China is drilling a hole in the desert more than 11,000m deep in order to study areas deep beneath the planet’s surface.

The operation – reported in state media – started on Tuesday and is located in the Xinjiang region in northwest China.

The drilling process will go deep into the Earth, penetrating more than 10 continental strata.

With a planned depth of 11,100 metres, the borehole is certainly no shallow effort but falls short of the deepest ever man-made hole.

The current record has been held since 1979 by the Kola Superdeep Borehole, a Soviet project located near the Russian border with Norway, with a depth of 12,262m (40,230ft).

“The construction difficulty of the drilling project can be compared to a big truck driving on two thin steel cables,” state media reported academician at the Chinese Academy of Engineering, Sun Jinsheng, as saying.

Read more on Sky News:
Biden to approve oil and gas drilling project in Alaska
Chinese-registered ship detained on suspicion of looting British warships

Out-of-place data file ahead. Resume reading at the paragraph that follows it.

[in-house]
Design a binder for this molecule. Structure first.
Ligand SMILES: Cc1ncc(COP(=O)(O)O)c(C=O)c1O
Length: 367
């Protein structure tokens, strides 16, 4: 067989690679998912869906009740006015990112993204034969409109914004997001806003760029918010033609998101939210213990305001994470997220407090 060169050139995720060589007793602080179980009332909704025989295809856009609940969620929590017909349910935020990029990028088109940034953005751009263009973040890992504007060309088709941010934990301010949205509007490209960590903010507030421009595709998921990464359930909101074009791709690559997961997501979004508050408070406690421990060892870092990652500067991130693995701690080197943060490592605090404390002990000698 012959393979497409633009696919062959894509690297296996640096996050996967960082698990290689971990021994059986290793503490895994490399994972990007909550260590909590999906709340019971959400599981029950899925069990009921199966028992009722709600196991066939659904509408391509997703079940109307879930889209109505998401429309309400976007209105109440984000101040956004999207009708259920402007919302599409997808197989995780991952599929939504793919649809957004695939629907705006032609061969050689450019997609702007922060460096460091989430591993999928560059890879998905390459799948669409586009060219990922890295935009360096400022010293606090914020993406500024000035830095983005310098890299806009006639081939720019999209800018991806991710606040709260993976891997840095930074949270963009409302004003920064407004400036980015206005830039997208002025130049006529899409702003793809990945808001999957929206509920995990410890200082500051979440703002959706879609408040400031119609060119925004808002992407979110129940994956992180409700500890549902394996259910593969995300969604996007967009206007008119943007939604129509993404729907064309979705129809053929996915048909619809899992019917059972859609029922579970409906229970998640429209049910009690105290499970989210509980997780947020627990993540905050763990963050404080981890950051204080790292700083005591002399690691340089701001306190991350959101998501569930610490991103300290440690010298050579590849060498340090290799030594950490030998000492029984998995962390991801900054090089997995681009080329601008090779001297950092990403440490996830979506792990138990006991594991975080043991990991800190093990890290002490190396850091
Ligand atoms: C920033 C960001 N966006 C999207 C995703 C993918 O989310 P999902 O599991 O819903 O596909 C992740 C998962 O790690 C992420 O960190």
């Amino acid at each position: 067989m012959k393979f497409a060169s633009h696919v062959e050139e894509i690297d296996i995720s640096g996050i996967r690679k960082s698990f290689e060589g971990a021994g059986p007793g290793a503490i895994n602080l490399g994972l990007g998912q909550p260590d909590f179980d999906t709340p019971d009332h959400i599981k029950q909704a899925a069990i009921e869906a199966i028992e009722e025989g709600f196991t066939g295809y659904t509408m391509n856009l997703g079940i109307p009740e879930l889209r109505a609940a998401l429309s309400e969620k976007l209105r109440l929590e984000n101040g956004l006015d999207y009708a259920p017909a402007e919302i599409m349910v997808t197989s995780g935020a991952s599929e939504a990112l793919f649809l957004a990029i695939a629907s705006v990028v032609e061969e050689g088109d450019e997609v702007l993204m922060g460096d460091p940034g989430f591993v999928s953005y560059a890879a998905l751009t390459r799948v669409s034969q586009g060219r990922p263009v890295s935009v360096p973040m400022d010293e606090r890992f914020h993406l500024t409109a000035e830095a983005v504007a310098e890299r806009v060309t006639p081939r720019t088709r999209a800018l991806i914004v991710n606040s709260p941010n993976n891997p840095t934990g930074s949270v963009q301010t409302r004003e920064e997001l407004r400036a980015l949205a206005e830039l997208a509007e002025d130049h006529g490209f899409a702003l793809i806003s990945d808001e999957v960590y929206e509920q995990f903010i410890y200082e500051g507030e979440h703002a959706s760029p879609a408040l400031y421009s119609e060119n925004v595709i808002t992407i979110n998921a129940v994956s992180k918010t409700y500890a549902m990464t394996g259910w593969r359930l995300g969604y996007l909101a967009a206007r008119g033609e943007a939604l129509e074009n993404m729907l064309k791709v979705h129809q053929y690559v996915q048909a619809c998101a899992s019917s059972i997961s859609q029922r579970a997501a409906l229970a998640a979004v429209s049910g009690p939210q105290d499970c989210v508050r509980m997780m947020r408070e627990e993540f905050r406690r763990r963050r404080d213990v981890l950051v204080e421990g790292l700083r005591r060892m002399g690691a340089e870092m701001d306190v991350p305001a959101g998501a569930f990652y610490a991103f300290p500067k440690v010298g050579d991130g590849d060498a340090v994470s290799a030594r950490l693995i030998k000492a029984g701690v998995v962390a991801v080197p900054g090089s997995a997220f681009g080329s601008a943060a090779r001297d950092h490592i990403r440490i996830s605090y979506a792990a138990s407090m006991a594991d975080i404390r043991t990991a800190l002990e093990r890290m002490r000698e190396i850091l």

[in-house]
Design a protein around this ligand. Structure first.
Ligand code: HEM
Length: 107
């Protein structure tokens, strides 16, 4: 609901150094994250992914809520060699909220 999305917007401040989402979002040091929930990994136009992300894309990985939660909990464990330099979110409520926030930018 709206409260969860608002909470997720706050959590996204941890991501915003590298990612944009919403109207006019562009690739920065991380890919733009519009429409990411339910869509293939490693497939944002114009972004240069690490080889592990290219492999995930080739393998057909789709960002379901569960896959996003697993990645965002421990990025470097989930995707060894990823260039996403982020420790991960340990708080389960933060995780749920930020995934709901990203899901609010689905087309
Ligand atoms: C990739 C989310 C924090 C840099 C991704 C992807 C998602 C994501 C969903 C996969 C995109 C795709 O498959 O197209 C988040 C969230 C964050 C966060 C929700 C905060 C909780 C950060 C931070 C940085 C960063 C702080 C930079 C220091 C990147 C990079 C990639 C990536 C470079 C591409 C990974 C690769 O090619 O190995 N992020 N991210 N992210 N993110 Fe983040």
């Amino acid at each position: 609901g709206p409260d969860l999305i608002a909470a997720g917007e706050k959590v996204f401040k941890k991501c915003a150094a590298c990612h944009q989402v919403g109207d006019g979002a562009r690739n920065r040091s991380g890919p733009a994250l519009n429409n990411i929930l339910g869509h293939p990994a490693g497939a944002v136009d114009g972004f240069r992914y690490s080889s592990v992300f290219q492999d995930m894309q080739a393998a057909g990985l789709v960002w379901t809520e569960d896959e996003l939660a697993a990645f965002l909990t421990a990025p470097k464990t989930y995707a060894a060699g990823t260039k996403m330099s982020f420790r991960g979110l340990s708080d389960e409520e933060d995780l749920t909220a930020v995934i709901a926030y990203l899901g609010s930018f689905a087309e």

Some equipment involved in the operation weighs more than 2,000 tonnes. The Tarim Basin, where the hole is located, is difficult to explore due to its harsh ground environment and complicated underground conditions.

China’s Xinjiang region, where the construction of the borehole is underway, has repeatedly been in the news in recent years due to the state’s persecution of the Uyghur people.

Earlier this year, Sky News went inside the region to report on the latest phase of a campaign of oppression.

Articles You May Like

Tesla releases update on Optimus robot with video looking like CGI
Tesla adds Model 3 Performance giveaway to referral program to boost incentives
Apple Watch Series 9 review: It turns your hand into a button and Siri is faster
Sponsor an ocean – tiny Pacific island comes up with novel way to protect waters
Soldier Field thieves nab $100K in equipment